My earliest memory is of silence.
I’m an infant, a couple of months old.
I am lying in a bed next to my sister Janice, who’s about 2½ yeas old.
She is sleeping peacefully.
I wordlessly raise my head upward and gaze out the window above me.
Against the backdrop of this velvet-black movie screen, I can clearly see delicate flakes of snow, slowly falling out of view. It is an endless and beautiful image, enveloped in such quiet, perfect serenity that it has come to stand as a particularly iconic representation of my personal ideal: Peace.
Even within the details of that story, there was always a tiny tinge of doubt within myself. Just the feeling that it was on overly romanticized vision that might have somehow been manifested by my intermittent need for just that sort of tranquility.
Until I saw it again.
That same leaf-like arc, in its familiar, unhurried descent. Part of the almost monochromatic, high-contrast pitch that only snow can tune you into…
Almost 52 years later, It feels euphorically hypnotic. Like being flooded with memories of dreams I can’t quite recall the details of… but at the same time, I am overwhelmed by that same sense of peace.
I’m sure that much better writers than I have found the metaphors and similies that impart a sense of the taciturn majesty of it all. All I can say is that walking amongst the Utah drifts with my son Miles, the icy wind feels like the arms of our Viking forebears reaching to embrace us.
Or maybe it’s just the ones from Michigan.
Miles is almost 2½ now and he’s loud. He can get to like 118 dB loud, which is somewhere between sandblasting, a really loud rock concert and… pain.
He also isn’t sure if I actually speak his language, so it seems like he says everything just a little LOUDER to me than other folks. I’ve started teaching him to whisper recently. Of course, now when he starts to whisper, I’ll lower my head to hear him better and he suddenly… well, you get the picture.
This is all compounded, of course, by the simple irony that I work as a record producer and professional musician. Three or four studio projects are going on in my house currently, with more on the way. Even this week-long holiday visit has three gigs to be played while we’re out here! Not that I’m complaining, but it does go a long way toward illustrating what a rare and wonderful commodity silence can be in just this one person’s life.
Not just silence, but space.
Thoughts, ideas, dreams, and inspirations all need a little room in which to bloom. The ability to explore a simple notion, allowing it to stretch out and fully unfurl, is crucial to the creation of music. It’s not just a quiet place we’re looking for, it’s an empty one; free of clutter and distraction.
A musical composition can work in much the same way. By using fewer parts, for example, we can more clearly define a musical statement or motif, without the “diversions” that can come as a result denser arrangements.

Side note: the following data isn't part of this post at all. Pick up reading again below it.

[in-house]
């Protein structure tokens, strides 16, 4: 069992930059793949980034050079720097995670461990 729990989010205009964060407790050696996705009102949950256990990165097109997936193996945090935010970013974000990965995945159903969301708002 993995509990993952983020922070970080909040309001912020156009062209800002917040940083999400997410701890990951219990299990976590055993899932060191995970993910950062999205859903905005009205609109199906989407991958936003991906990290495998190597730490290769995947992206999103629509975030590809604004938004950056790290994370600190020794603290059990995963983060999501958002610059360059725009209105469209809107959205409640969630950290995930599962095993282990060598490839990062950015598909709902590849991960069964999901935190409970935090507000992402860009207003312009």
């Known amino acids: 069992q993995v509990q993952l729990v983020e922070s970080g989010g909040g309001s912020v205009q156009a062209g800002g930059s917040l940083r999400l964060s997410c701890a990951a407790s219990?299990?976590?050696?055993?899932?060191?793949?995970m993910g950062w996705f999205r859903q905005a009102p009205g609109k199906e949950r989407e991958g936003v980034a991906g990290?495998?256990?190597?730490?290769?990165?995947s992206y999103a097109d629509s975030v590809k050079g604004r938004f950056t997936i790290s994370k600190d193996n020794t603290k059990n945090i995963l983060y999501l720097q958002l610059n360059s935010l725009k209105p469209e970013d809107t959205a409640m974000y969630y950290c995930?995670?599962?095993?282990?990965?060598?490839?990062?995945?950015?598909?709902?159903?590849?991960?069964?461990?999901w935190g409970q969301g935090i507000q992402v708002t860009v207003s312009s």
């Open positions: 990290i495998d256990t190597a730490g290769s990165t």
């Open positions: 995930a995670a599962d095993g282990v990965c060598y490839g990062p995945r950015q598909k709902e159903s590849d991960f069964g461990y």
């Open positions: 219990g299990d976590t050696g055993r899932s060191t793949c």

This can even be applied and observed at the macro-level, by examining the space between notes in a simple bass line. By establishing a rhythmic pattern, an environment of expectation and reward is actually being created between the performer and the listener. Let’s say our pattern is two quarter notes, followed by two eighth notes, followed by a quarter note (1_2_3 and 4). Once this pattern is played a few times, a listener will come to expect that to happen, in essence taking it for granted, so that they can free up those mental resources to appreciate other elements, etc. When the pattern suddenly changes by dropping the third beat (1_2_ _ and 4), there is a mild anxiety that is created by the absence of that expected third beat. When it doesn’t arrive, we subtly panic, until the “and 4” returns, assuring us that was only a fun little detour that we’ve safely returned from.
We can break this concept down even further, by observing the mechanics of groove or “feel.” Looking again at our previous example, let’s picture in our minds (or program in your sequencer) the established pattern being played exactly. on. the. beat…
Now let’s make the 2s and 4s arrive ever-so-slightly a little ahead of their beat. This “surprises” your listener, who wasn’t expecting those to get there so soon, creating a feeling of driving tension.
Let’s try moving those same 2s and 4s just a little later, or behind the beat now. It feels so good when they finally arrive, doesn’t it?
There are zillions of enzymes and endorphins at work there that I can’t even begin to understand, but look at how much can happen within just those few little nanoseconds of space!
After watching Miles trudge off into the snow (bundled in 17 layers) with his Mom in tow, I am left to ponder within this beautiful white canvas of fresh silence. Snowflakes the size of pennies are falling all around me and I remember: It’s not just what you do play that matters, but what you don’t play and where.
Sven-Erik Seaholm is always glad to revel in sound, as several 2014 recordings will show. Happy New Year!